Saturday, October 30, 2010

Meeting Mark Coker

Mark is the founder and CEO of Smashwords. He's just completed a speaking tour that included Australia and New Zealand. I wasn't in town to attend the New Zealand session (which was sold out—it's great to see such interest in new publishing directions), but on Thursday Roger and I joined Mark and Lesleyann for dinner at one of Auckland's waterfront restaurants. It was a really enjoyable evening, with much swapping of stories and generally enjoying one another's company. Interacting over the 'net is great, but it's wonderful to have the opportunity of meeting in person.

Smashwords have just issued their quarterly payments. Record amounts, and things just seem to keep getting busier and better—including for me.

Tuesday, October 19, 2010

A New Toy

No, not another set of toy soldiers, but something rather more modern.

Much as I love my laptop, I've found from hard experience that it's just too heavy and bulky to haul about. So when I go to the library to spend some time in the research section, I'm reduced to taking notes with pen and paper, which I then have to transcribe when I get home.

Not any more. Yesterday this arrived:

I've wanted one for a while, but decided to wait until a six-cell battery (and hence much longer usable time away from mains power) was standard.

This isn't only useful for the library, of course. I'll also be able to use it when lurking in my favourite cafés. I see rather more café time in my future.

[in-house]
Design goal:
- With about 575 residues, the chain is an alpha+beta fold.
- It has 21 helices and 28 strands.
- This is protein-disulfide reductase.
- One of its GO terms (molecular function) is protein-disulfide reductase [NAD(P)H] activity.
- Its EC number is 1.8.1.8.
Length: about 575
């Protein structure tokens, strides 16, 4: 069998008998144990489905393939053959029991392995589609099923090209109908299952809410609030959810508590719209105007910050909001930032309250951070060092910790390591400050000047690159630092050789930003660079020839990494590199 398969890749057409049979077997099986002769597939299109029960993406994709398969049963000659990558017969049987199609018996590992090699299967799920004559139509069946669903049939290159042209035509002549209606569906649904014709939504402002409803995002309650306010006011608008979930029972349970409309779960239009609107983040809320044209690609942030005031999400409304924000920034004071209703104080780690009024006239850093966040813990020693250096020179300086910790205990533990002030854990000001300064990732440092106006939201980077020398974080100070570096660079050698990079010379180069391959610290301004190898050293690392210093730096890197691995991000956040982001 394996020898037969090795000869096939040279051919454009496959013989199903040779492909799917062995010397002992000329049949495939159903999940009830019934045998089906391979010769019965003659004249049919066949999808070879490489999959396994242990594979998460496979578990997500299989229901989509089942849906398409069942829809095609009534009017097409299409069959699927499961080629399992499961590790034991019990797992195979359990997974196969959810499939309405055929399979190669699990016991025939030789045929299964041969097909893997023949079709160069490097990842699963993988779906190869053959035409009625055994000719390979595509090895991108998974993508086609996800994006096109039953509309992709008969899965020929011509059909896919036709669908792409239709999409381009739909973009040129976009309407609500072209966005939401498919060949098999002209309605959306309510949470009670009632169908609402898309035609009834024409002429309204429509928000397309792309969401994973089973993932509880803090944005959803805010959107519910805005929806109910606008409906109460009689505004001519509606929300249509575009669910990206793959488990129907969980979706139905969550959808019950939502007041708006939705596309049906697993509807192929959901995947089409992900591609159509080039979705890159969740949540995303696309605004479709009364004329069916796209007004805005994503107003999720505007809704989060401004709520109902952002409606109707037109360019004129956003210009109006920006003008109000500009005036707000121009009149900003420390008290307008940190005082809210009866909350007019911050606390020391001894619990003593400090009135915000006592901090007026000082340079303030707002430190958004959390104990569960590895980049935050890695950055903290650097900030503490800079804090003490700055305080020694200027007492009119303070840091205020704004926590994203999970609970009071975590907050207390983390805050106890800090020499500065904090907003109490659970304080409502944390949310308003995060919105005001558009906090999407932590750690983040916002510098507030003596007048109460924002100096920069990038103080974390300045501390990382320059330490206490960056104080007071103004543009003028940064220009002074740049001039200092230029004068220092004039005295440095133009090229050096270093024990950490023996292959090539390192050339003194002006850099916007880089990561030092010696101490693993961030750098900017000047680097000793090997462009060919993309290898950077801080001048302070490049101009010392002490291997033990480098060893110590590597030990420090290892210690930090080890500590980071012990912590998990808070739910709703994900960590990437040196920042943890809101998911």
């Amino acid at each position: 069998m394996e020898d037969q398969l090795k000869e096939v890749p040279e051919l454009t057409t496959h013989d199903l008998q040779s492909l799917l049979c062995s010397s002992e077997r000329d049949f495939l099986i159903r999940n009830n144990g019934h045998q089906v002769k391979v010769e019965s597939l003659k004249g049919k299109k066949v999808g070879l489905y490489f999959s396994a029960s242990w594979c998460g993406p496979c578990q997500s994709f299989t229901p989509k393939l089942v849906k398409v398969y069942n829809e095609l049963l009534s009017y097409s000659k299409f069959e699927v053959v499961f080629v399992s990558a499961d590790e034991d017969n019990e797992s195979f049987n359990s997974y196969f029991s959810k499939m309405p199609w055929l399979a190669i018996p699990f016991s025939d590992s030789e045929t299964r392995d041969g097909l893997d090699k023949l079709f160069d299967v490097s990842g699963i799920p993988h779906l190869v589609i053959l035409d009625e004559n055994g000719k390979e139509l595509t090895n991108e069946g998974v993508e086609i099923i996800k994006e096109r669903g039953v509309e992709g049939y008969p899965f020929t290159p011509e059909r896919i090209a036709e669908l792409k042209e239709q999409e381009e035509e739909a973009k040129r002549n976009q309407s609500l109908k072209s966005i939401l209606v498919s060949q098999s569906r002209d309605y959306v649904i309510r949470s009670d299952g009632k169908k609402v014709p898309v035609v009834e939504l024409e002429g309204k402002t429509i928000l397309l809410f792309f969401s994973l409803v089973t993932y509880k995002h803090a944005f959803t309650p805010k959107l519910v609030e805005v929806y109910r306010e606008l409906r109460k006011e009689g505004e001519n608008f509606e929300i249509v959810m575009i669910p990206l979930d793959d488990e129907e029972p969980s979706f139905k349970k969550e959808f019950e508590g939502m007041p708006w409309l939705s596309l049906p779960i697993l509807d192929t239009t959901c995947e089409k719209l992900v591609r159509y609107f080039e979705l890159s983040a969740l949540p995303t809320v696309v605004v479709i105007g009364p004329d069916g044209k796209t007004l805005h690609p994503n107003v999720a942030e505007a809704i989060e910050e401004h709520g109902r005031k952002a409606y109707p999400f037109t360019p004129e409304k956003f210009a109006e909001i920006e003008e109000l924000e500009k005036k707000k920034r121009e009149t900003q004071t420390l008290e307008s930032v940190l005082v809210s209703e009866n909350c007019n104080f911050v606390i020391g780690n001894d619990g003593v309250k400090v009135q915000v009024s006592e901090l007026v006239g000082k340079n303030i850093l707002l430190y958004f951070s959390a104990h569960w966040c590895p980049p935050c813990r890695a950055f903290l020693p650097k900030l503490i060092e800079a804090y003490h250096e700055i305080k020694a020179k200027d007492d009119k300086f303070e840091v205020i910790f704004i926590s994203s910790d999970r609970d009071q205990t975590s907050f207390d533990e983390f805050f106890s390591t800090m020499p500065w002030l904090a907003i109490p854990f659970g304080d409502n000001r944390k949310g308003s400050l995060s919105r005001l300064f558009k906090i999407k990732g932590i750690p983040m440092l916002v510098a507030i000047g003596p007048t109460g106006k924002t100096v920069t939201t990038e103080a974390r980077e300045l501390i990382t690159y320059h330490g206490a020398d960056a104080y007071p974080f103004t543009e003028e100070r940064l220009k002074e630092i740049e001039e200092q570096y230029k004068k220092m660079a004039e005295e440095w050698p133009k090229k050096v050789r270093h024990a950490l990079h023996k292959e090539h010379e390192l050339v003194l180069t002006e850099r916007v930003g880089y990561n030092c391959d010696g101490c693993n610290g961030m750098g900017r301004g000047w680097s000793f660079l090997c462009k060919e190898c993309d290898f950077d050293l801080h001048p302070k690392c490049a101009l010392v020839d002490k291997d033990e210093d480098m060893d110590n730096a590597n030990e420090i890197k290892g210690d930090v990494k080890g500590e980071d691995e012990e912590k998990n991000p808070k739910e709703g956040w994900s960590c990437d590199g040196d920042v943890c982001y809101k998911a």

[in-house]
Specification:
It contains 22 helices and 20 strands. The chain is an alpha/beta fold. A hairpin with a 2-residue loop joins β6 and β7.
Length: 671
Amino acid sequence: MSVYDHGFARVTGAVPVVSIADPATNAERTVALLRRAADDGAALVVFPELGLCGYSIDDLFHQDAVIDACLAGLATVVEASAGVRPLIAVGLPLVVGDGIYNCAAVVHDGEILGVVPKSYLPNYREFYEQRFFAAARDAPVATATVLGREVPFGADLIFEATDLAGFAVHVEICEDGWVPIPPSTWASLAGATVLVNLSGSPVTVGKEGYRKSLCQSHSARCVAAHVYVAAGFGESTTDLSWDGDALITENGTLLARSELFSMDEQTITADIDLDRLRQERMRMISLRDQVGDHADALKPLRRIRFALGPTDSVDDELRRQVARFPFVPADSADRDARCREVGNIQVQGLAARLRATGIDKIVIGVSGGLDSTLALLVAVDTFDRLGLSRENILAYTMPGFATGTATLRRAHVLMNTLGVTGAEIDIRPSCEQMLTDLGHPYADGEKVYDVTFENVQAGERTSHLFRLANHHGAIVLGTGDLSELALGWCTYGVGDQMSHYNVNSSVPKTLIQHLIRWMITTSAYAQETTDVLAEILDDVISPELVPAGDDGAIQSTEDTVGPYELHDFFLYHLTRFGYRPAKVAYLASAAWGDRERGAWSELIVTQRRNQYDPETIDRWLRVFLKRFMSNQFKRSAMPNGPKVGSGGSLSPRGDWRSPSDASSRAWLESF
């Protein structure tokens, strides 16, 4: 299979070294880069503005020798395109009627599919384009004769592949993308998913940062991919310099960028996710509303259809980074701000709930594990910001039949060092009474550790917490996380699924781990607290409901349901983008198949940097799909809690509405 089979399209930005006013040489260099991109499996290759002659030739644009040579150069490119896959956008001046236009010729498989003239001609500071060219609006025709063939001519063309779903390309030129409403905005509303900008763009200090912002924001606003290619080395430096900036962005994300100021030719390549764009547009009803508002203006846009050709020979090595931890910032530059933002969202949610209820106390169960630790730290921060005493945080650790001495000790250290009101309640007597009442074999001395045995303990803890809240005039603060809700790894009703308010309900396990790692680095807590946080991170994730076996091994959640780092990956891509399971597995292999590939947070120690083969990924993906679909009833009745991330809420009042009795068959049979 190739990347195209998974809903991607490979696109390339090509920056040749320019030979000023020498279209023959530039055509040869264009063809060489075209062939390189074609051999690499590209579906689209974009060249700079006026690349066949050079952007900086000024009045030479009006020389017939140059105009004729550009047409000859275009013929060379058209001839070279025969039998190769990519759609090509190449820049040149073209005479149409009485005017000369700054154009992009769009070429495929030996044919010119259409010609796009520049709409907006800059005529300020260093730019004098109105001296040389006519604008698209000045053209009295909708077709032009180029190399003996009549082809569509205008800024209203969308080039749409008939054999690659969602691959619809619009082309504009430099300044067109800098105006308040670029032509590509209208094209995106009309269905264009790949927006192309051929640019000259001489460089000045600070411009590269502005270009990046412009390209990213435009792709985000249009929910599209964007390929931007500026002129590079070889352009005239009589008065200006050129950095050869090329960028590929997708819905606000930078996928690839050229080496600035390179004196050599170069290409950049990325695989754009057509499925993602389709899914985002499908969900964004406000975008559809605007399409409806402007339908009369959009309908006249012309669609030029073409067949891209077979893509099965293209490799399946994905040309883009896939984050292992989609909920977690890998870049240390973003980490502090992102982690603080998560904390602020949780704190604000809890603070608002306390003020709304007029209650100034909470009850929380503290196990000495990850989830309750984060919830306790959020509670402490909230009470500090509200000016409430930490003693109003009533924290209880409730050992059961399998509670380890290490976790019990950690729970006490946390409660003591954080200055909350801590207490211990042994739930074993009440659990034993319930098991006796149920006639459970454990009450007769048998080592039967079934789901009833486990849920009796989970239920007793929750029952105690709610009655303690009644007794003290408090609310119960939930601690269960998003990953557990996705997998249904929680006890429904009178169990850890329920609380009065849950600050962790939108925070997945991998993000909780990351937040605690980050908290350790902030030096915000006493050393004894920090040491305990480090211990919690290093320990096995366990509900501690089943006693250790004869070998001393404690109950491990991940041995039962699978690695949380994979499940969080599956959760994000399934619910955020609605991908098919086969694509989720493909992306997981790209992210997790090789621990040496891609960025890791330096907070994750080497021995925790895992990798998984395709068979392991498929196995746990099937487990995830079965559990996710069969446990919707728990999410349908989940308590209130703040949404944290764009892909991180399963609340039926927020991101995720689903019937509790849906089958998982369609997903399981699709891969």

Tuesday, October 12, 2010


Today is the anniversary of what was, in terms of lives lost in a single day, the greatest disaster in New Zealand history. On the 12th of October 1917, during the Battle of Passchendale, 2,700 New Zealanders were killed or wounded. More on the battle can be found here.

Last year I went to an exhibition commemorating Passchendaele, sent to New Zealand by the Passchendaele Memorial Museum in Belgium. It was held at Fort Takapuna, from where some of the departing soldiers were deployed. On the grounds of the fort over 5,000 white crosses had been set up, one for every New Zealander killed in Flanders.

My work-in-progress has some of my characters being caught up in this battle. It's not really a spoiler to say that at least one will die there, because I could not claim to be at all realistic without reflecting something of the tragedy surrounding Passchendaele. Oddly enough, I have no sense that I'm "killing off" a character here; the death feels as inevitable as the events that drag these boys to Belgium. Foolish as it may sound, I do sometimes cry over characters who die; all the more so when it's one I've "known" since he was a child.

Friday, October 8, 2010


There are so many lovely sights on and around our property at this time of year. (Click for larger pictures.)

The kowhai is one of New Zealand's few deciduous native trees. It keeps its leaves till just before flowering, so that the mass of yellow flowers first appear on bare branches. This tree is only a few years old; mature ones can reach 12 metres in height. Kowhai is "yellow" in Maori.

A plum tree covered with blossom. I never realised that plum blossom is scented until our own trees began bearing so heavily. By Christmas this tree will be laden with fruit, a variety that's delicious fresh but not worth preserving. The sheep make a fine job of clearing the windfalls.

A new neighbour. This calf is only a day or two old, with a furry coat as soft as a cat's, not the rougher weatherproof coat it'll have later. It's being hand-fed, and rushes up to the fence as soon as it sees us, ready to suck at fingers or clothing, gazing from soft brown eyes under inch-long lashes.

And a sound of spring: the pipiwharauroa, or shining cuckoo. It spends its winters in warmer places like Vanuatu and New Caledonia. When that distinctive call is heard, I know spring is here.